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EP008 Randomised comparison between pericapsular nerve group block with lateral femoral cutaneous nerve block and quadratus lumborum block for postoperative analgesia in hip surgery
  1. Mustafa Aslan1,
  2. Alper Kilicaslan1 and
  3. Gok Funda2
  1. 1Meram Medical Faculty Anesthesiology, Necmettin Erbakan University, Konya, Turkey
  2. 2Necmettin Erbakan University, Konya, Turkey


Background and Aims The optimal postoperative analgesic technique for hip surgery is still controversial. The present study aimed to compare the pericapsular nerve group (PENG) with the lateral femoral cutaneous nerve (LFCN) and quadratus lumbroum blocks (QLB) in terms of analgesic efficacy, quadriceps motor preservation and side effects in patients undergoing total hip arthroplasty (THA) surgery.

Methods Eighty patients (ASA I-III) were randomly allocated to receive either a QLB (n=40) using 30 mL 0.25% bupivacaine or the PENG and LCFN blocks (n=40) using 30 mL 0.25% bupivacaine (25 mL for the PENG block and 5 mL for the LFCN block) in this prospective, double-blind study. The primary outcome was the consumption of postoperative morphine in a multimodal analgesic regimen after spinal anesthesia. The secondary outcomes also included pain scores (static and dynamic), quadriceps muscle strength, patient satisfaction, and incidence of postoperative complications.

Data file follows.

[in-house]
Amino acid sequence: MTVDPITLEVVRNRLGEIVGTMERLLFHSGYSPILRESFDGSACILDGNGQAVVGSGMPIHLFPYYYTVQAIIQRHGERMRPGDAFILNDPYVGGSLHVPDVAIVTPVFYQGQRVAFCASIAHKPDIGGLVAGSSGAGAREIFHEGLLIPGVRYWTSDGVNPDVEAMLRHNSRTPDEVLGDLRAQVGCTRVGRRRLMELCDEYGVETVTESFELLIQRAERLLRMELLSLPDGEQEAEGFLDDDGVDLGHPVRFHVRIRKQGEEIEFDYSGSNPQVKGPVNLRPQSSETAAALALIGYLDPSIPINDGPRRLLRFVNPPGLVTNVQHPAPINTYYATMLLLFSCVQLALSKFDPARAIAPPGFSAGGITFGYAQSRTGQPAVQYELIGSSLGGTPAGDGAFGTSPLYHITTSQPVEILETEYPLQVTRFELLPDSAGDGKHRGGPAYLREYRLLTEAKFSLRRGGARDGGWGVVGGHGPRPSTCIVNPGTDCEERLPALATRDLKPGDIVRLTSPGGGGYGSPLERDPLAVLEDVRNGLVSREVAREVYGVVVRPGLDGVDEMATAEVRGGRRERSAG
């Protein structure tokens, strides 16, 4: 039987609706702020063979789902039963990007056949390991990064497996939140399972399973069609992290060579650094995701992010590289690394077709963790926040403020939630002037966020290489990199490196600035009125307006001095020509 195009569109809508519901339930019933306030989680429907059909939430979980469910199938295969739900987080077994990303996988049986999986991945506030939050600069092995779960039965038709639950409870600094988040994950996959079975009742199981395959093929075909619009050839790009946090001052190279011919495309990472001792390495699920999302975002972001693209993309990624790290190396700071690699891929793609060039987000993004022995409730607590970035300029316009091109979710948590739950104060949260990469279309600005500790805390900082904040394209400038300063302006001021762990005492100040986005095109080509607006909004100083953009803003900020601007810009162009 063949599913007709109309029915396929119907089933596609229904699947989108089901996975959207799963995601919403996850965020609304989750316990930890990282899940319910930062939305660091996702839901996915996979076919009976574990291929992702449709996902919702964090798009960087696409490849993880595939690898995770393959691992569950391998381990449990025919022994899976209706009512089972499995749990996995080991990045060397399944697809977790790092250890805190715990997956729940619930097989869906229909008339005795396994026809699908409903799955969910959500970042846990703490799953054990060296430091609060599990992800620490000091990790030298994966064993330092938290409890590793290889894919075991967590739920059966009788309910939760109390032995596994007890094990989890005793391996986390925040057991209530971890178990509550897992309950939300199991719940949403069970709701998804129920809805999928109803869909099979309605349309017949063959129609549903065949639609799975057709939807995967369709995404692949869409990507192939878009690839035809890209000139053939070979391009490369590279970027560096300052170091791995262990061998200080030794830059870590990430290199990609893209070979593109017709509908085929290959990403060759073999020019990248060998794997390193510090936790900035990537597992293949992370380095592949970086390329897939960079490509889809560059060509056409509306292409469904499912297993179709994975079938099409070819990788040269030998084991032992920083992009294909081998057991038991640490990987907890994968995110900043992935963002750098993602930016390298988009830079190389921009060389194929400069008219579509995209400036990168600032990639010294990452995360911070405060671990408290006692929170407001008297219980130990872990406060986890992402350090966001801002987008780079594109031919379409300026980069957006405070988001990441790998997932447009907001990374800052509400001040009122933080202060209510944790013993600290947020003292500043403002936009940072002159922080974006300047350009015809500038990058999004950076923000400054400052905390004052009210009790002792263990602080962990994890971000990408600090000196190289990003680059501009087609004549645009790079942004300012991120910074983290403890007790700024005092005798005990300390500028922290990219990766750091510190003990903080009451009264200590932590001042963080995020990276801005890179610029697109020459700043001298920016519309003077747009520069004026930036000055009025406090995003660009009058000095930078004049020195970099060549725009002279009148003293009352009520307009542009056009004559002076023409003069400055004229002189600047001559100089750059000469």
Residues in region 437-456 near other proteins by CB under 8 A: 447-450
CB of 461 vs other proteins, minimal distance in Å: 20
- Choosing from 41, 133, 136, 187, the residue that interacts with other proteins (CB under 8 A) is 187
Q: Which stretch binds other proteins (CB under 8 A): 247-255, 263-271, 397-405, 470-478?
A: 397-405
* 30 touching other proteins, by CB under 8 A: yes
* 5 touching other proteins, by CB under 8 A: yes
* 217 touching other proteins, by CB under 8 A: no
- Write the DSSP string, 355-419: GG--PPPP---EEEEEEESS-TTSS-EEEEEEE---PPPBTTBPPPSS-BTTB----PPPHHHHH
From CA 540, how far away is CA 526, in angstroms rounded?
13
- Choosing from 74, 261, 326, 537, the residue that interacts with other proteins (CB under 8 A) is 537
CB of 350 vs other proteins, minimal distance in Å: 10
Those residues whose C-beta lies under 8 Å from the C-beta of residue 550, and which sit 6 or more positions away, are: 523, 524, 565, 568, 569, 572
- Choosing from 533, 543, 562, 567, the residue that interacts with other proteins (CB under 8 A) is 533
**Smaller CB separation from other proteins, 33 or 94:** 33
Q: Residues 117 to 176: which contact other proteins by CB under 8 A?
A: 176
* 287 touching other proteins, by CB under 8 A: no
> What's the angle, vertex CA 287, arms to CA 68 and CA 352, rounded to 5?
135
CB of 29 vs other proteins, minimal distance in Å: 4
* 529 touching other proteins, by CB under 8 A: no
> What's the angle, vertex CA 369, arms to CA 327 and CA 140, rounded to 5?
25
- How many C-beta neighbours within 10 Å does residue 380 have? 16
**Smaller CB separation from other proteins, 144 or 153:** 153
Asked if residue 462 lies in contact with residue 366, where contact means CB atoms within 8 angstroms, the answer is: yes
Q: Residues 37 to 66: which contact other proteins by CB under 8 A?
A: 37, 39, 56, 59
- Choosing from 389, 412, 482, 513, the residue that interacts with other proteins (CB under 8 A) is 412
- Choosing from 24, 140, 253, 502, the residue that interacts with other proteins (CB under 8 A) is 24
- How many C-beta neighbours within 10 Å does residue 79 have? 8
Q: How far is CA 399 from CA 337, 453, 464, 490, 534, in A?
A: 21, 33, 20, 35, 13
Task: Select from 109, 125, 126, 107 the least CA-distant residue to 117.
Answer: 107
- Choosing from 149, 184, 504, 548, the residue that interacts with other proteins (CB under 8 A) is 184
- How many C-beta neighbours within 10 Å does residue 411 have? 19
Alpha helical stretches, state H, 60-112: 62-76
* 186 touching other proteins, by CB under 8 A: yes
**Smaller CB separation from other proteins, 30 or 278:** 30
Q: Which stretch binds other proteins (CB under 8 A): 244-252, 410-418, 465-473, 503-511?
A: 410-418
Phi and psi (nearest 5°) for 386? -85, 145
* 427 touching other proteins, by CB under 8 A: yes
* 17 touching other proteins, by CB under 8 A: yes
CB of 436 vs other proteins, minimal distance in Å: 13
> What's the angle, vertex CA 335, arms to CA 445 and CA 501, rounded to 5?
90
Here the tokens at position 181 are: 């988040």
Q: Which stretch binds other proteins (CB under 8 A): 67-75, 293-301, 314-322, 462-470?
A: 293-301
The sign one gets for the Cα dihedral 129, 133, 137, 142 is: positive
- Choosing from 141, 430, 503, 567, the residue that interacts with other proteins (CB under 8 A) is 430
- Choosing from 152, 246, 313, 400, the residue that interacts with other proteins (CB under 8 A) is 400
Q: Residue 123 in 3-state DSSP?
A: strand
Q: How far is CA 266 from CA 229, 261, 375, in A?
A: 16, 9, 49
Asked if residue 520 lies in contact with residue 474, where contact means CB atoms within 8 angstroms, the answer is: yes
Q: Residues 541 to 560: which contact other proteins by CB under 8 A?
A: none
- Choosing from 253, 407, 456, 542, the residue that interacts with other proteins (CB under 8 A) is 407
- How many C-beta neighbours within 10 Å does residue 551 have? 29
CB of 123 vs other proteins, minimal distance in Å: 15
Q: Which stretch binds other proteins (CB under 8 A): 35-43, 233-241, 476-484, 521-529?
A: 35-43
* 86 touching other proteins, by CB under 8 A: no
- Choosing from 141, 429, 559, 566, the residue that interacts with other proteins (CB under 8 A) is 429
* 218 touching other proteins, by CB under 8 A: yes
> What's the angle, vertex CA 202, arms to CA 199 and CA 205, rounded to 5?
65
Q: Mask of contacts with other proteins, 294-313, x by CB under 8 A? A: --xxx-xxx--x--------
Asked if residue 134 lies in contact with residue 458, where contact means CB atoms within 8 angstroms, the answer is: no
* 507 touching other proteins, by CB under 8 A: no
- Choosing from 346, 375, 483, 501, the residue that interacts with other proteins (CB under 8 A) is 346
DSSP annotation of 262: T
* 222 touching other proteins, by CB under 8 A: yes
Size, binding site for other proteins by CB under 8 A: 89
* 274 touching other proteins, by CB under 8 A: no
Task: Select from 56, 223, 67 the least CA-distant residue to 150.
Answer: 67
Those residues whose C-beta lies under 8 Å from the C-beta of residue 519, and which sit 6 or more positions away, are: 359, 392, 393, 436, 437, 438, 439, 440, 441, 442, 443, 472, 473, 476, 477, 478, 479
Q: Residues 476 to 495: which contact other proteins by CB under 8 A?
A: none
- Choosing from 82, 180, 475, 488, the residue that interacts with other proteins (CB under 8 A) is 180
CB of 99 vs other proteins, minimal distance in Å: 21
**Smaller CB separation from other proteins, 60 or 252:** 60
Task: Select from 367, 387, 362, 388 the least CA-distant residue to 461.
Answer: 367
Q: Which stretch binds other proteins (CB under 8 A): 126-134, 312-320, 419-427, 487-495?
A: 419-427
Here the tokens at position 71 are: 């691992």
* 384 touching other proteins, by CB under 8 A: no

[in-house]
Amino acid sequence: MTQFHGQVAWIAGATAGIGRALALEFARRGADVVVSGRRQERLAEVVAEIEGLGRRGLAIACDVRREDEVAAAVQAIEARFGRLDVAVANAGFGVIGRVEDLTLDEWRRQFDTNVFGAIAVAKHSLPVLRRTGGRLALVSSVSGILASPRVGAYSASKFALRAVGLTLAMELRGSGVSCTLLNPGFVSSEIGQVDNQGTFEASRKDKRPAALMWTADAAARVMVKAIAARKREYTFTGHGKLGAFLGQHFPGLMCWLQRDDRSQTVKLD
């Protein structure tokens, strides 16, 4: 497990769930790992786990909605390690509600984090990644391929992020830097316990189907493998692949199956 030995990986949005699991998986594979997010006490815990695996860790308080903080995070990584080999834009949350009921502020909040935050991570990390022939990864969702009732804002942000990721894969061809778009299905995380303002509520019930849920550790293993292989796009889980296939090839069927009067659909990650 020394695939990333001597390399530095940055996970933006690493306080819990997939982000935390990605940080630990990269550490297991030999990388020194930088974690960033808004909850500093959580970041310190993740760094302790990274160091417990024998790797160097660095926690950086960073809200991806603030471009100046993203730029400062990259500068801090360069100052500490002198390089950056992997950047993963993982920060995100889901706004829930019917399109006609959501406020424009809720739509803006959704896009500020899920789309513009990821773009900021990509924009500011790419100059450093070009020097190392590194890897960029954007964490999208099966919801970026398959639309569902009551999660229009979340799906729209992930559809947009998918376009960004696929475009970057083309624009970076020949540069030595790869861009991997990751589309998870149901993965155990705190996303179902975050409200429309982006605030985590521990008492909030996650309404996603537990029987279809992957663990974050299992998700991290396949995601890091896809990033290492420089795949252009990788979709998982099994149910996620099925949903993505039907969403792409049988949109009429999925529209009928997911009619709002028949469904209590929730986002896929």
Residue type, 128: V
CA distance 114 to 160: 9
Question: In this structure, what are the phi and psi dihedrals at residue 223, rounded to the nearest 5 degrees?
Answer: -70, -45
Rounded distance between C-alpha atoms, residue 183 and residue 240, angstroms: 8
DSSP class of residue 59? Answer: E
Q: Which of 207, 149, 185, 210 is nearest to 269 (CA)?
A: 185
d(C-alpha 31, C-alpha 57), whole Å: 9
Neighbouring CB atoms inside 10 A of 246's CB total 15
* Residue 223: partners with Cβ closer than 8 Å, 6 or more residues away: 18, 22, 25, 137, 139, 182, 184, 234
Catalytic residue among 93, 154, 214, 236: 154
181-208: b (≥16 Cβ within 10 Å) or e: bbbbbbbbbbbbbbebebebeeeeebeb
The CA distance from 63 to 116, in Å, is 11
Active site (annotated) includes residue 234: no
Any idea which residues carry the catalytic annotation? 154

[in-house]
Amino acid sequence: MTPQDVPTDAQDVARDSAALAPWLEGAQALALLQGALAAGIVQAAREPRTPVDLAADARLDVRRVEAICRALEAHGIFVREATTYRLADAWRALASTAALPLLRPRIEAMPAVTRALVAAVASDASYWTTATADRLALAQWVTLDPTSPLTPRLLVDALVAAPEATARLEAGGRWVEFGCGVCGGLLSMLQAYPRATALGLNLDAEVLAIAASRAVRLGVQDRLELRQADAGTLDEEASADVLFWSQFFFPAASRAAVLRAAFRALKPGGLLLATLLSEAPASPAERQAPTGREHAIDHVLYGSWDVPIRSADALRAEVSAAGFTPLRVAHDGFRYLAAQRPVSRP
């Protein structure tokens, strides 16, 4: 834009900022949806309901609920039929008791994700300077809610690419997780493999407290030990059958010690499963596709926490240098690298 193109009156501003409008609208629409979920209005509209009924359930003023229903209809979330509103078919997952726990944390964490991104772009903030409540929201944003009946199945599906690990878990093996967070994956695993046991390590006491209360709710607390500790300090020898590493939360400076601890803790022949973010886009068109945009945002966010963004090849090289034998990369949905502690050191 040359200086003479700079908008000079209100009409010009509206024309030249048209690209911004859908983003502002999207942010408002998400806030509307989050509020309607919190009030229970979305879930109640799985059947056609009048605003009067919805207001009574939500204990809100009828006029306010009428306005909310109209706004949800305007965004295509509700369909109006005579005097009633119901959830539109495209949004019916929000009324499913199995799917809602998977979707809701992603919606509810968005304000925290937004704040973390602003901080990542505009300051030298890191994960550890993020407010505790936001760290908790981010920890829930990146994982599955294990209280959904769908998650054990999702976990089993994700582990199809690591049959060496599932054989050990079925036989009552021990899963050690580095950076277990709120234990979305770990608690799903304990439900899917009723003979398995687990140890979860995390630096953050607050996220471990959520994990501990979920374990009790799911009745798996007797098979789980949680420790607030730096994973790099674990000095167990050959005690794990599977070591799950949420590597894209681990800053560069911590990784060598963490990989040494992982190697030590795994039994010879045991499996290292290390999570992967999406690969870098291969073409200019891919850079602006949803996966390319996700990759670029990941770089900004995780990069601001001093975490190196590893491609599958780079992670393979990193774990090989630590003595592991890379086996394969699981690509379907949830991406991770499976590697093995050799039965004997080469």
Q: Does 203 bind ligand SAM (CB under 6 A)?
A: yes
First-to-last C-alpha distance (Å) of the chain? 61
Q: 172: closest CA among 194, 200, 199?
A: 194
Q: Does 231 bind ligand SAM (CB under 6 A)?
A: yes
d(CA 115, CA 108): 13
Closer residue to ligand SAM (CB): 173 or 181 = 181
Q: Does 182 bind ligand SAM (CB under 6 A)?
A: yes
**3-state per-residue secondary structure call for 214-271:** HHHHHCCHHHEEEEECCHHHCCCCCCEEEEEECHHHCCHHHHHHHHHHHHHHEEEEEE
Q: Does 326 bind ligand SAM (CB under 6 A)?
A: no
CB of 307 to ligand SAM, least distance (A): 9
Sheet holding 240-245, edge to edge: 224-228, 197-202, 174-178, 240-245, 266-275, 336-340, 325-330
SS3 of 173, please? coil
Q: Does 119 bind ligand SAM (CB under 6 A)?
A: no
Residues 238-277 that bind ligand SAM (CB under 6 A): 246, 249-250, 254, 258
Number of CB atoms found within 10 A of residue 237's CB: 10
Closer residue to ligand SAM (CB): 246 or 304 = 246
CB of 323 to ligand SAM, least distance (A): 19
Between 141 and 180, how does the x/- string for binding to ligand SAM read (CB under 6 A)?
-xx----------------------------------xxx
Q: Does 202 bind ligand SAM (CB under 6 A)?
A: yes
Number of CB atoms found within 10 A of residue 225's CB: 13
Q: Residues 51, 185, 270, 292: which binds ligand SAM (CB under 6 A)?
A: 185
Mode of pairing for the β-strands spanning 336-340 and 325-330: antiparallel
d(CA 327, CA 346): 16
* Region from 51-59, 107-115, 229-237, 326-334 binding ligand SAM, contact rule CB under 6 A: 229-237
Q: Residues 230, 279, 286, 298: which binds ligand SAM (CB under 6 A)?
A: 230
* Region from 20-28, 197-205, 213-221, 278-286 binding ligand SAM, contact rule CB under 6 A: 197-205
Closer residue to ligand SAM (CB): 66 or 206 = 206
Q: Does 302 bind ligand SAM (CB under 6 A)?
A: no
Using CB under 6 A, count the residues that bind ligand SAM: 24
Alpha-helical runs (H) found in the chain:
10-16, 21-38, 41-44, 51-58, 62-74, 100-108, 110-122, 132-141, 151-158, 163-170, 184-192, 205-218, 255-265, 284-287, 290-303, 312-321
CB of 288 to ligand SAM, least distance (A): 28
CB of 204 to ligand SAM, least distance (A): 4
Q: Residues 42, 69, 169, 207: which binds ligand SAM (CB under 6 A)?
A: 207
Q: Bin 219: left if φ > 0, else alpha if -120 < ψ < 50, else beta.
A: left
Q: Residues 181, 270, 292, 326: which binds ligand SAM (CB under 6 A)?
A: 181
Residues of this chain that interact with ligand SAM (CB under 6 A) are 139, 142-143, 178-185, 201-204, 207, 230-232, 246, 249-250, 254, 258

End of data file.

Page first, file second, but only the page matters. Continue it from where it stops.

Results There was no significant difference between the two groups in terms of morphine consumption and pain scores in the first 12 hours (p>0.05). Patients receiving the combination of the PENG and LFCN blocks had significantly higher quadriceps muscle strength at 6 h, less morphine consumption, and static pain scores at 24 h hour, compared to QLB (p<0.05). Patient satisfaction, dynamic pain scores, and block-related complications were similar between the groups (p >0.05).

Conclusions PENG with the LFCN block provides longer analgesia and better preservation of quadriceps strength after THA. However, further studies with larger sample sizes are needed to determine if these differences are clinically significant.

  • Hip fracture
  • lateral femoral cutaneous nerve block
  • pericapsular nerve group block
  • quadratus lumborum block
  • quadriceps muscle strength

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